After an article about North Carolina teachers failing math test required for licensure got national circulation, math-minded readers wanted to see for themselves how hard the test is.
“Would have been more informative if sample questions were included to see exactly what type of question seems to be problematic. I’d love to know,” a reader wrote.
The bad news: The exam that has tripped up almost 2,400 beginning elementary school teachers relies heavily on charts, graphs and mathematical notations, which makes it hard to reproduce in a story.
The good: You can go to www.nc.nesinc.com and click “prepare” to view sample questions or even try your hand at a full 2.5-hour, 46-question practice test (the math test, which has proven to be the biggest stumbling block, is under “general curriculum”).
State education officials adopted the licensure exams created by Pearson, a company that provides testing and other educational material, in 2014. Pass rates on the math portion plunged, from around 85 percent on the previous Praxis exam (which comes from the nonprofit Educational Testing Service) to as low as 54.5 percent in 2016-17.
North Carolina’s Board of Education, which has already given teachers an extra year to pass, heard a report on the licensure exam last week. The Observer’s article, which noted similar problems in other states, was picked up by the online Drudge Report and spurred a report from Newsweek.
Elementary school classroom teachers and K-12 special education teachers must pass exams in math, reading and general knowledge within the first two years after graduation to earn a North Carolina teaching license. They pay $278 to take the whole battery, and $94 each time they have to retake the math portion.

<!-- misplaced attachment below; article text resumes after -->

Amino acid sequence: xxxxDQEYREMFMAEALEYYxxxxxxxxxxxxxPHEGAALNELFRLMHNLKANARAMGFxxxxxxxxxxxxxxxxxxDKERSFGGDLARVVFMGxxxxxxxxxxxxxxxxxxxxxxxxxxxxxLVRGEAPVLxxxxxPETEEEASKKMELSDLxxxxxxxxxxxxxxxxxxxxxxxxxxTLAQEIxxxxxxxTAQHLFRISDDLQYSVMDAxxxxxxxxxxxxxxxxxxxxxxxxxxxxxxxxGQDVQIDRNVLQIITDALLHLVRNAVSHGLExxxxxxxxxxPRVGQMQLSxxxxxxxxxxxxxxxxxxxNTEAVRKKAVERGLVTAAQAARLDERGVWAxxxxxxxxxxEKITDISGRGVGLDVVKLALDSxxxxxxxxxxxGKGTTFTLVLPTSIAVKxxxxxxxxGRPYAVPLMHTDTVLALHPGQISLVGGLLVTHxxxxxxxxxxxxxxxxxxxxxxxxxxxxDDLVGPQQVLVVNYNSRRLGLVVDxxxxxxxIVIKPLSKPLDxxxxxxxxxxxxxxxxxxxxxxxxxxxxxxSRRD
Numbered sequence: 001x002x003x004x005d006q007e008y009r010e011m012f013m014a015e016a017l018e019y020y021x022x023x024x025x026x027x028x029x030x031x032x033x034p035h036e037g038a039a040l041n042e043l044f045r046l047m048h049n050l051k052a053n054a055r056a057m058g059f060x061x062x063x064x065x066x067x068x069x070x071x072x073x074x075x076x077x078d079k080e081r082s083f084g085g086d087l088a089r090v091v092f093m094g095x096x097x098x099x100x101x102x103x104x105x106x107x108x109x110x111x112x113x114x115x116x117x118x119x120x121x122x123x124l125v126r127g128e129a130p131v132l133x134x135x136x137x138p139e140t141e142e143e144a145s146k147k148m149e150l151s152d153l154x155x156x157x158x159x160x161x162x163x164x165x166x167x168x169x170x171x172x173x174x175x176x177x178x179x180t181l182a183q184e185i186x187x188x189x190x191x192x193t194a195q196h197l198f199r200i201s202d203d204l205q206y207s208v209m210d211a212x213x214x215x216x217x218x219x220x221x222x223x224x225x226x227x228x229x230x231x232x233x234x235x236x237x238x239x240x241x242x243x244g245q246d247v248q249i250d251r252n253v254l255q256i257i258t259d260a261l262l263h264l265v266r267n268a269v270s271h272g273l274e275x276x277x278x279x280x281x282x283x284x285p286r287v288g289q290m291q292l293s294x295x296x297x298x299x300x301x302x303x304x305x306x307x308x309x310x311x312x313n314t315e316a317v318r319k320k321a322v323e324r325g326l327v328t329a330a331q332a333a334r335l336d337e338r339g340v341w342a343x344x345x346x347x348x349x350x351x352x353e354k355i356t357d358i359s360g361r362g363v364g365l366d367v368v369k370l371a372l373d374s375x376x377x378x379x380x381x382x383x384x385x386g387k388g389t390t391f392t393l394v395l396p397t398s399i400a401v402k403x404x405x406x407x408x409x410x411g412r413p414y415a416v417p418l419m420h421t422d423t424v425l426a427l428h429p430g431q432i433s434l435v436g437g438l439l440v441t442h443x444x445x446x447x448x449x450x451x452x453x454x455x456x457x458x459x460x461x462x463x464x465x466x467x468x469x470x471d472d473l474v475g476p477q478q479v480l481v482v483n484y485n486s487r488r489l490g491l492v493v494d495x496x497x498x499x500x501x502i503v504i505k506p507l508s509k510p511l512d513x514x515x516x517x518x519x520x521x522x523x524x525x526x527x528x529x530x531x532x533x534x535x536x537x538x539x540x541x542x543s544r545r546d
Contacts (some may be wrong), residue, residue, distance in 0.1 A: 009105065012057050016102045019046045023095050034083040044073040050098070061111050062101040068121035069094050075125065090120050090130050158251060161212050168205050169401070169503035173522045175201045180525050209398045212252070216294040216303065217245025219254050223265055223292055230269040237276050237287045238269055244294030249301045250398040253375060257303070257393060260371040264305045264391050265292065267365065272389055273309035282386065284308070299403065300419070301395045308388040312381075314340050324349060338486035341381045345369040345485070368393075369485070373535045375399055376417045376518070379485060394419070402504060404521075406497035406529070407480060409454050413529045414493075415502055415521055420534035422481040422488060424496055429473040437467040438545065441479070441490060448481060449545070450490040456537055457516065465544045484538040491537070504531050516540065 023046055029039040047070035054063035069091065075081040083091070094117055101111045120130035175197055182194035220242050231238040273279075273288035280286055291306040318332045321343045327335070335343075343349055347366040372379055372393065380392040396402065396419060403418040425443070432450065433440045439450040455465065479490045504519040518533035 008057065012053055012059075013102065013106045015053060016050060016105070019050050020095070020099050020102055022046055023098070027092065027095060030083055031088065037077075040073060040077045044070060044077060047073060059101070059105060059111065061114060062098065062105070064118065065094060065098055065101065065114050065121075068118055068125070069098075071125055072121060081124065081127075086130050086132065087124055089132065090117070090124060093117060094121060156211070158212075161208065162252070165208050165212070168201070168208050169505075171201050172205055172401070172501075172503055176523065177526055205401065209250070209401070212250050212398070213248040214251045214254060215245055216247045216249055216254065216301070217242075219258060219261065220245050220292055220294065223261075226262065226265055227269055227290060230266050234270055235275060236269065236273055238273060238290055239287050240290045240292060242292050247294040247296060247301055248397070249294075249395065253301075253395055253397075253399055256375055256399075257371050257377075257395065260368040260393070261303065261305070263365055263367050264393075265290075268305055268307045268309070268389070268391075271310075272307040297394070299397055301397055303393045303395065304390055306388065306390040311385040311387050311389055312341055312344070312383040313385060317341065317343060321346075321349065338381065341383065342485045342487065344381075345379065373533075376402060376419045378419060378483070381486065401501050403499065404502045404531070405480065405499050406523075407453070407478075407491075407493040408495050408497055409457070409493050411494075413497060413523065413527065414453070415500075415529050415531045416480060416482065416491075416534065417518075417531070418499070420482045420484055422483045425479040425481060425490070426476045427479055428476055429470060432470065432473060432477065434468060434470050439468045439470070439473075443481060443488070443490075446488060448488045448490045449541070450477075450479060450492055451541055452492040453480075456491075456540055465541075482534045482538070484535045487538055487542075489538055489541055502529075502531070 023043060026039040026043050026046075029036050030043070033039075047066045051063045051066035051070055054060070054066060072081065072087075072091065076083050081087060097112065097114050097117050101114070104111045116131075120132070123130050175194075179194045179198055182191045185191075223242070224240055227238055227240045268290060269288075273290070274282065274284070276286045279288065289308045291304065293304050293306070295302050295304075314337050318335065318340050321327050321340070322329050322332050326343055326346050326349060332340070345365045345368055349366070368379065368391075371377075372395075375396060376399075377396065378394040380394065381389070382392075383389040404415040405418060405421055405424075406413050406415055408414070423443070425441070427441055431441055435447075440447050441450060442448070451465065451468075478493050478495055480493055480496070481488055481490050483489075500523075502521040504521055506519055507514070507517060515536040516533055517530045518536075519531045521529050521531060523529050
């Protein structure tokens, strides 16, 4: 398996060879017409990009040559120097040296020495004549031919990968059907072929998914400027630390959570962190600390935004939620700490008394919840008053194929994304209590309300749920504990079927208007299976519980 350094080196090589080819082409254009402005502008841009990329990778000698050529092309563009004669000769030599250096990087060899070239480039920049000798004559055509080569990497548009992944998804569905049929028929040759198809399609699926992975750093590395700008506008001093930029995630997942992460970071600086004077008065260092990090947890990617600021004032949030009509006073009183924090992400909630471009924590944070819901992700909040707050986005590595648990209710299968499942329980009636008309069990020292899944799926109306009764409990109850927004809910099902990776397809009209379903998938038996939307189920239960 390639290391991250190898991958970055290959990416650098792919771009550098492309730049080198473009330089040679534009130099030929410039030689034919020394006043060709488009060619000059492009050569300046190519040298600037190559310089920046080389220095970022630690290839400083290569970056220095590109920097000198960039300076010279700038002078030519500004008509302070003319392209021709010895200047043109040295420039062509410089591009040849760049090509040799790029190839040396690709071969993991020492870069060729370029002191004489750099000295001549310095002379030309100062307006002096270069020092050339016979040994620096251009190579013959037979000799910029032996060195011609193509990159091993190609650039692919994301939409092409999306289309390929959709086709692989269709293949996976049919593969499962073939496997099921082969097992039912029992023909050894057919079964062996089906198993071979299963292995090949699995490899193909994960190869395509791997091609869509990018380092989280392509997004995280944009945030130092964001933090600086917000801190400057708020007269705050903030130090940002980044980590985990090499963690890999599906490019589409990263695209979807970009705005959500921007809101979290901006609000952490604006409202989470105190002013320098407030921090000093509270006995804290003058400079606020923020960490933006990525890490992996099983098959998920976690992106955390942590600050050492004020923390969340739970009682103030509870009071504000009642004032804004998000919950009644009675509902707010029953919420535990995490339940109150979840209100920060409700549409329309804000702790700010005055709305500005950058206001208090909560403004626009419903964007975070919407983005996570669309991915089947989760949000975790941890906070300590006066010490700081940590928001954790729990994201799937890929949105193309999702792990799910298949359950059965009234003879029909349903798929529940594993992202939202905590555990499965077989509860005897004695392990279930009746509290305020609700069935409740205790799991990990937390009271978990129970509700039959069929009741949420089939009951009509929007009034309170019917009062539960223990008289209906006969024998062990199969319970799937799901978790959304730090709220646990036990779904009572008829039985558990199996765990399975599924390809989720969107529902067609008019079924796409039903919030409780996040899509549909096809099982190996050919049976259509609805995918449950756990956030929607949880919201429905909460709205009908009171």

The first 45 multiple-choice questions cover algebra, geometry, probability and statistics — mostly material that’s taught in eighth grade and high school, said UNC Charlotte School of Education professor Drew Polly. He teaches prospective elementary school teachers how to teach math. He was among a group of experts who reviewed North Carolina’s math exam this spring.
“When you have a college degree it’s not too unrealistic to expect them to know high school math,” Polly said. But he and the other experts concluded that a more meaningful exam would ask teachers to demonstrate that they know how to look at student work and use strategies to help those students succeed. On the current exam, only the final open-answer question does that, Polly said.
That question gives a student’s response to a geometry problem and asks the teacher to correct any errors, explain the problem with the student’s approach and outline an alternative approach that might help the students grasp the concepts.
Ann Doss Helms: 704-358-5033, @anndosshelms